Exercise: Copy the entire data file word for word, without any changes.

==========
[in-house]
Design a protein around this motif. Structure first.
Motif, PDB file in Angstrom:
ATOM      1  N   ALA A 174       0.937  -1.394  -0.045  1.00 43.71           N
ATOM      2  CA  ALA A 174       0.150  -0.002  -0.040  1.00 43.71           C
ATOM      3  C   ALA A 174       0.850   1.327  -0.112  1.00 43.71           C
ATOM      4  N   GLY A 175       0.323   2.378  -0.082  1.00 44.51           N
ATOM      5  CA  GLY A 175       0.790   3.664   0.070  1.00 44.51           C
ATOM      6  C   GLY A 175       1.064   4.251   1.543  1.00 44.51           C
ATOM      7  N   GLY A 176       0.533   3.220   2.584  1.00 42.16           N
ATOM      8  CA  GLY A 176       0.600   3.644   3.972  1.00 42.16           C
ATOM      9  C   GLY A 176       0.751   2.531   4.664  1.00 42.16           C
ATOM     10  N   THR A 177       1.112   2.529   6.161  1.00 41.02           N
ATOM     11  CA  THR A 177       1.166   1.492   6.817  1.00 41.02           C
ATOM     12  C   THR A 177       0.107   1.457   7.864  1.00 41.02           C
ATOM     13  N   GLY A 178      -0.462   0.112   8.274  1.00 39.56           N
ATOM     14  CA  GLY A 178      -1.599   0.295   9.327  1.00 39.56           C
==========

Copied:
[in-house]
Design a protein around this motif. Structure first.
Motif, PDB file in Angstrom:
ATOM      1  N   ALA A 174       0.937  -1.394  -0.045  1.00 43.71           N
ATOM      2  CA  ALA A 174       0.150  -0.002  -0.040  1.00 43.71           C
ATOM      3  C   ALA A 174       0.850   1.327  -0.112  1.00 43.71           C
ATOM      4  N   GLY A 175       0.323   2.378  -0.082  1.00 44.51           N
ATOM      5  CA  GLY A 175       0.790   3.664   0.070  1.00 44.51           C
ATOM      6  C   GLY A 175       1.064   4.251   1.543  1.00 44.51           C
ATOM      7  N   GLY A 176       0.533   3.220   2.584  1.00 42.16           N
ATOM      8  CA  GLY A 176       0.600   3.644   3.972  1.00 42.16           C
ATOM      9  C   GLY A 176       0.751   2.531   4.664  1.00 42.16           C
ATOM     10  N   THR A 177       1.112   2.529   6.161  1.00 41.02           N
ATOM     11  CA  THR A 177       1.166   1.492   6.817  1.00 41.02           C
ATOM     12  C   THR A 177       0.107   1.457   7.864  1.00 41.02           C
ATOM     13  N   GLY A 178      -0.462   0.112   8.274  1.00 39.56           N
ATOM     14  CA  GLY A 178      -1.599   0.295   9.327  1.00 39.56           C